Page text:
Placed in Perspective

To understand why Miyazawa Kenji's popularity has now suddenly expanded, as if he himself were the light from a supernova 63 light years from earth, one must view him in terms of his times and location.
He was fiercely committed to bringing rural Hanamaki up to the level of the more developed regions of Japan. His letters to friends contain detailed scientific information on the use of fertilizers. A few of the last hours of his life, during which he was in considerable pain, were spent in lively discussion with a local farmer about how the rice crop could be improved. As an agronomist, when he deemed his advice insufficient, he went around to farms giving parcels of money to those he had failed to help.
His faith was placed squarely in the consciousness of each and every individual. In Outline Introduction to Agrarian Art, a long piece written in verse form, he tells his wards:

In order to live properly and vigorously
Each and every person shall follow the dictates
Of his own individual consciousness of our galaxy

In other words, it is not enough for people to learn the lovely words and go through the motions of the rituals of faith. It is necessary to visualize the universe yourself and find the truth, personally, in it. Then will come the realization that one cannot be happy until all other people in the world are happy. And if necessary one should, like Antares, the red giant in the constellation of the scorpion, allow one's body to burn a countless number of times if it will result in the benefit of humankind.
This is the key to Miyazawa Kenji's message to the people of this decade: One must climb the slopes of the volcano, oblivious to one's own suffering, and use oneself in a scientific and social experiment; one must make one's way to the sun if necessary to bring back its "black thorns," thereby harnessing its energy for the good of others.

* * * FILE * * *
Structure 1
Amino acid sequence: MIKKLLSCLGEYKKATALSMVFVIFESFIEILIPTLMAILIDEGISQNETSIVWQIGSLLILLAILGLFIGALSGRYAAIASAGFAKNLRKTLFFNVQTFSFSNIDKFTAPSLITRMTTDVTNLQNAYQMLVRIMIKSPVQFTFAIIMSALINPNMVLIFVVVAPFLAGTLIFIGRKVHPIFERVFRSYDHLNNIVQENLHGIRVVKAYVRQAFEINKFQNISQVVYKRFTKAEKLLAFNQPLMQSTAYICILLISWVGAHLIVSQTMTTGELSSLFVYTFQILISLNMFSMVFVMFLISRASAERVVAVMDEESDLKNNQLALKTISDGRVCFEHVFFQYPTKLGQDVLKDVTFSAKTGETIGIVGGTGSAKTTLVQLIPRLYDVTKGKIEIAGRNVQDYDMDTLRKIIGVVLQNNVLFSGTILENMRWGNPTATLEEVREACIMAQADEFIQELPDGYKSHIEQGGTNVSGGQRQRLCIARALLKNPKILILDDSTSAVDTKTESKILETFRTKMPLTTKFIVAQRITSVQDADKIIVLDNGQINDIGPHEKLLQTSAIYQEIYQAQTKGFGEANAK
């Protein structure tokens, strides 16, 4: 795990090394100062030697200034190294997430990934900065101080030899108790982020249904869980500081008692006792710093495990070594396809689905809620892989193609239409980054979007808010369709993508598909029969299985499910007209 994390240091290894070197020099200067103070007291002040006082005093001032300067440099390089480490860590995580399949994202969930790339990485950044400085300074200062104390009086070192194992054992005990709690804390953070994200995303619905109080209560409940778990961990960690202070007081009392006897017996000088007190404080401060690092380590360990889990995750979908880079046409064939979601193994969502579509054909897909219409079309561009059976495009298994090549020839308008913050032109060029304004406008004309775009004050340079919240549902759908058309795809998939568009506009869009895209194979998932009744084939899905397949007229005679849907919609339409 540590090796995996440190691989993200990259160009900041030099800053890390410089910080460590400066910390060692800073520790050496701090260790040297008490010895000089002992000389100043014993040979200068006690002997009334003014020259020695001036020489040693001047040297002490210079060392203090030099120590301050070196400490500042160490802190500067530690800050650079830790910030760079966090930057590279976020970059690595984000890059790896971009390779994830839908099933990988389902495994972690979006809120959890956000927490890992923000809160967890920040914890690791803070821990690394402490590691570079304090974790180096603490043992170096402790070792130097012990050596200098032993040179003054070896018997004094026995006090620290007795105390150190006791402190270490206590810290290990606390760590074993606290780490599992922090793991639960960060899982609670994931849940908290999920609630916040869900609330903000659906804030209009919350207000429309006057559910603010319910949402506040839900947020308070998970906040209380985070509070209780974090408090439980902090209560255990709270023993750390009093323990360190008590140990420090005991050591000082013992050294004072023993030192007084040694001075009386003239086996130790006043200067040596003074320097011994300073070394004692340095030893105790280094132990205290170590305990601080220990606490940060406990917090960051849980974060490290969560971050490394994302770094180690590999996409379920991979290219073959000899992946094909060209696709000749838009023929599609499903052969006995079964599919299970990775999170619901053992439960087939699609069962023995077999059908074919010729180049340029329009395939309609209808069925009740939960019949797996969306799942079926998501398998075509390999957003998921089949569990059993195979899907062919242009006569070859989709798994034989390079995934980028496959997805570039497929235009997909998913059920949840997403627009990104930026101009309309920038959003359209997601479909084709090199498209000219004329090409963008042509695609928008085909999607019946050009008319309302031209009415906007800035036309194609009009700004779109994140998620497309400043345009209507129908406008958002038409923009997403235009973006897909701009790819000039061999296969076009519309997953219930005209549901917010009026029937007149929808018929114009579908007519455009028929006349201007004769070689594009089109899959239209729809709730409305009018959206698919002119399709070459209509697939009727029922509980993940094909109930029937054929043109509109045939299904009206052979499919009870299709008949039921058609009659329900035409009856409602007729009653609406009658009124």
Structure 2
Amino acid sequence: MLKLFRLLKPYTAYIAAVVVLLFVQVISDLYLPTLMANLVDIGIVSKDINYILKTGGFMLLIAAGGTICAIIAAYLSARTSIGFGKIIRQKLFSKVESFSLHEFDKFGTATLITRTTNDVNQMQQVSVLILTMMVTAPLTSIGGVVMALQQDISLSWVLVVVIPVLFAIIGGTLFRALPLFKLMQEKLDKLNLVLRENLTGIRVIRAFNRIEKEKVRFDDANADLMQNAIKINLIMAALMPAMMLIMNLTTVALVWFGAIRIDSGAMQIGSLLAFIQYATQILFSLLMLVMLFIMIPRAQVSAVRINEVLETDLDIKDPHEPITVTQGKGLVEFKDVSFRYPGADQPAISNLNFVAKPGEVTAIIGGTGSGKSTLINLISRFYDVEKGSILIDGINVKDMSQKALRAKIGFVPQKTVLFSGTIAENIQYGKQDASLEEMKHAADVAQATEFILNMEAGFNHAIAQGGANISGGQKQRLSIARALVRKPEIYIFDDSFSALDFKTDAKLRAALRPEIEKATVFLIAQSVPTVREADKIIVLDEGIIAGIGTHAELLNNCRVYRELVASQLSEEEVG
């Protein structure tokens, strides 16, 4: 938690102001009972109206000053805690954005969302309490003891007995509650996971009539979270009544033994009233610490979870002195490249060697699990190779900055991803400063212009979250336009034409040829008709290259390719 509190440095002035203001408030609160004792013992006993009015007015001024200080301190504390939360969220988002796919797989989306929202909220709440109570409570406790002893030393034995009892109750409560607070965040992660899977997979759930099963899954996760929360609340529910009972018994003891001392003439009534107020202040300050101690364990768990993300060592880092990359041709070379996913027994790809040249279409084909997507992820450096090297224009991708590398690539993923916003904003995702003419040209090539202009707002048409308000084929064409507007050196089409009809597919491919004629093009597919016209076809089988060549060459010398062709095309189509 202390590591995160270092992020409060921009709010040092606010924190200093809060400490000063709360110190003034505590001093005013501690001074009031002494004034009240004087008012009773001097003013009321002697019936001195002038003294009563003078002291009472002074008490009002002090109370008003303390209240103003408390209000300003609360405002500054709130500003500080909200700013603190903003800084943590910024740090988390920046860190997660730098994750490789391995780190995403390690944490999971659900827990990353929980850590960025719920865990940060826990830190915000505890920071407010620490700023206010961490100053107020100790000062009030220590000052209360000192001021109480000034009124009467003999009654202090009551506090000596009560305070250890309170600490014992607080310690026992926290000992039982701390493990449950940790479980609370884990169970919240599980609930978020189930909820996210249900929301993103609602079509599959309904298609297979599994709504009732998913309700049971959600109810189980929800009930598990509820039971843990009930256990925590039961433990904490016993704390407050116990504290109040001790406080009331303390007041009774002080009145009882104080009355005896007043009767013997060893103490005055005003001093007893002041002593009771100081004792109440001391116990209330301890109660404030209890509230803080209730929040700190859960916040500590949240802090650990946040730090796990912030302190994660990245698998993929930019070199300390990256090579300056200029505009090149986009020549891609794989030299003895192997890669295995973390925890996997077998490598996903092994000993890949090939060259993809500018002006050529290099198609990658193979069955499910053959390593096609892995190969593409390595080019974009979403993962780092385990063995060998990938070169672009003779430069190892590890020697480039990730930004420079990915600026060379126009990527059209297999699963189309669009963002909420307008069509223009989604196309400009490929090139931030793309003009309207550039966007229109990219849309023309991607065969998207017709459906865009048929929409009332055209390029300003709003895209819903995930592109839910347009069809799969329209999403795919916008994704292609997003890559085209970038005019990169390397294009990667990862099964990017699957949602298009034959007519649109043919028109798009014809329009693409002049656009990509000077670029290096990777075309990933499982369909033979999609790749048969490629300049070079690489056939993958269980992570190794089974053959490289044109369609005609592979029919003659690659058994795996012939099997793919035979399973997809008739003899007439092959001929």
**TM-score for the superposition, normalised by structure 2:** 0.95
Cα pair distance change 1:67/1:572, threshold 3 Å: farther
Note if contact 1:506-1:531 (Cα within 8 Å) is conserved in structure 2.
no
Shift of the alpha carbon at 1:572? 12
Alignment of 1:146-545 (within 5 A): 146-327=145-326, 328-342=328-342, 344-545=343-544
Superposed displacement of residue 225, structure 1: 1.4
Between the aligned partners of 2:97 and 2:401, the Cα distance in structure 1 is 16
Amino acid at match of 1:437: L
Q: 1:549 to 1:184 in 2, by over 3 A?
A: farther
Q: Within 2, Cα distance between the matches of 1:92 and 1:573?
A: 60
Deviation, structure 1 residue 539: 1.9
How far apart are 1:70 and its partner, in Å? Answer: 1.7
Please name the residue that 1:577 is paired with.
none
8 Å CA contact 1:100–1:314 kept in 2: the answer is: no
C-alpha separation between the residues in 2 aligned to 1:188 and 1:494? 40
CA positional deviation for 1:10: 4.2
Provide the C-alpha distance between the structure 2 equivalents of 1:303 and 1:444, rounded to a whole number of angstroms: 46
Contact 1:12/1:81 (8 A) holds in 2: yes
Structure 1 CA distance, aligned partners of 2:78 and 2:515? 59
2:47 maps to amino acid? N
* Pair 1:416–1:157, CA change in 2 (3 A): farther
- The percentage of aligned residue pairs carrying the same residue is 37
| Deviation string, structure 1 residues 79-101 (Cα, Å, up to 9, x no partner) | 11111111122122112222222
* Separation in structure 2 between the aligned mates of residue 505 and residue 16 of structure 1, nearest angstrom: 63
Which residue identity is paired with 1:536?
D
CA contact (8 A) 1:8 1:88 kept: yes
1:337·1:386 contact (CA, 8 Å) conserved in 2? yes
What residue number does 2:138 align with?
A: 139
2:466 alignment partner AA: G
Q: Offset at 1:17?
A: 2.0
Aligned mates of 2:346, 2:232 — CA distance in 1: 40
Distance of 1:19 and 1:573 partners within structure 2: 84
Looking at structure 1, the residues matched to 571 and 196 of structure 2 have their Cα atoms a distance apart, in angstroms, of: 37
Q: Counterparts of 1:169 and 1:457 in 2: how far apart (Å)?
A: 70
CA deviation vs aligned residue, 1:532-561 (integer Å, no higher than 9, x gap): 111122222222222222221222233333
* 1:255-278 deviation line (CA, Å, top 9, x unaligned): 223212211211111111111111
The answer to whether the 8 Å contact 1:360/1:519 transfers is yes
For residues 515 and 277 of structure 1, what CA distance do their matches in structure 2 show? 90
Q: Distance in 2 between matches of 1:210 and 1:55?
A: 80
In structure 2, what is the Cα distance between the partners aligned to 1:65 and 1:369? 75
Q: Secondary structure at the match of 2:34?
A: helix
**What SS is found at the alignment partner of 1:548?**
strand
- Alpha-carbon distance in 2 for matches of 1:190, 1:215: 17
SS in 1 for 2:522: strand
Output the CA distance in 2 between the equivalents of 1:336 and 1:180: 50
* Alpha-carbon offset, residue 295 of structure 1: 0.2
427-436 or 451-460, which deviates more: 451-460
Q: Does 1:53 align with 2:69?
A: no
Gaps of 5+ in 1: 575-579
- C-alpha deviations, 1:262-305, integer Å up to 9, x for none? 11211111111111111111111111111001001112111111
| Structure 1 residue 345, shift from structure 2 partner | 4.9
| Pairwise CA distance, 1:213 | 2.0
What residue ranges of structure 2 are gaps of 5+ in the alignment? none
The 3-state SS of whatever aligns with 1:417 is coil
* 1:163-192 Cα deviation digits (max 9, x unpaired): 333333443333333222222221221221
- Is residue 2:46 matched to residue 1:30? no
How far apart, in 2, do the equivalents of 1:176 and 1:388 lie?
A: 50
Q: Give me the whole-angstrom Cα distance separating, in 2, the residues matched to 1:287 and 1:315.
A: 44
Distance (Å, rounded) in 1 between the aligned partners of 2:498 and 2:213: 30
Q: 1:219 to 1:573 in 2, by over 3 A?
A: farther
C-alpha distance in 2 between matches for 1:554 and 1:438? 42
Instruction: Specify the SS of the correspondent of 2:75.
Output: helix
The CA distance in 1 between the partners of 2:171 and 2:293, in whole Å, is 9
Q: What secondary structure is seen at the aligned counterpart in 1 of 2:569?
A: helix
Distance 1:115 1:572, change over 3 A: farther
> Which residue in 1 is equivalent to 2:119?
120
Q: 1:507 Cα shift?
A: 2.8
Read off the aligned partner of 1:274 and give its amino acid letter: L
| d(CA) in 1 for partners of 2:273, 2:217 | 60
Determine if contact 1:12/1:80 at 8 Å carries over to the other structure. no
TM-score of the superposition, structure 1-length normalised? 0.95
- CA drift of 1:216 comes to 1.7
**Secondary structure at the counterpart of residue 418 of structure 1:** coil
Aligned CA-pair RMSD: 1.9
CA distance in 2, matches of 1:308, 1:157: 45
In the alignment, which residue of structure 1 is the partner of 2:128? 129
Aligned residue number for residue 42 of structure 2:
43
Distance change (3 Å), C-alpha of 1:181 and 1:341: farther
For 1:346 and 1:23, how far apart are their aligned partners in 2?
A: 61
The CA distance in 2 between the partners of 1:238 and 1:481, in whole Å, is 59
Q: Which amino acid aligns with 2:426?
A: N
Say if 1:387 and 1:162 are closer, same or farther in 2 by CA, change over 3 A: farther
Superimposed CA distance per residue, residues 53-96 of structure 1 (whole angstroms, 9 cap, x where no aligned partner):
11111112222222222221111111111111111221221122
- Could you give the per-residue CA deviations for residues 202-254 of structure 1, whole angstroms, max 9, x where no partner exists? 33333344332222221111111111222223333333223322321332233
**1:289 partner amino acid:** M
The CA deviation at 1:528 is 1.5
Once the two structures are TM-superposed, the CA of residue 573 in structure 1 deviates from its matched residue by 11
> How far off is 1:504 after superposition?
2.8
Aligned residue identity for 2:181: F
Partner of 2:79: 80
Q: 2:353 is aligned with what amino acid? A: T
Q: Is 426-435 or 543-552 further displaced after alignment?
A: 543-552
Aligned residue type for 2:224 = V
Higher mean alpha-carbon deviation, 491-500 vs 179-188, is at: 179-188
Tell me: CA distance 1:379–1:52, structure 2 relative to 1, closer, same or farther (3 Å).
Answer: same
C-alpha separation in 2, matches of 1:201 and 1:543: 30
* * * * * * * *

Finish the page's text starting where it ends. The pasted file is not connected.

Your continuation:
Characters in his stories do just that, though clearly he was using them--eccentrics with names like Pennen Nolde, Oppel and Gauche--as vehicles for his will, just as his beloved Lotus Sutra was using--and disposing of--him in its design.
When one looks at the Japan of today, itself on the verge of a revolution in consciousness, the cause for the popular attraction to the thoughts and way of Miyazawa Kenji can be seen. Young Japanese in particular have witnessed the insidious unctuousness of an older generation that seems indifferent to the suffering of minorities, the disabled, the abused and the neglected. Official Japan may have the polite phrases and conventional promissory cliches to help people victimized in or by the social system, but it lacks the will to ameliorate their plight.
Miyazawa Kenji had the courage of his convictions, though it must be admitted those convictions were on the odd occasion rather exclusivist and extreme. He put his mind and body on the line; and such an approach has direct appeal to the thinking people of Japan today. In that sense, the Miyazawa Kenji boom itself may be heralding a new era in the reformation of individual consciousness in Japan. Ensconcing oneself in the group and taking refuge there from either awkward praise or fulsome blame may very well be turning into the recessive gene of society's makeup. If this new consciousness, with its emphasis on volunteerism, personal identification with discriminated minorities and individual action, does take hold, then the forced rhetoric of old-style Japanese "compassion" may be out. Taking a stand and acting upon it, a lifestyle preached by Miyazawa Kenji, may just be coming in. Such is his legacy in the context of an entirely different era.
His images are written in particles of light. And if human beings are capable of running a relay with light itself as the baton, we can grasp that baton, hold onto it--if only for a brief moment or two--and pass it on, gently and without fanfare, to the next -person.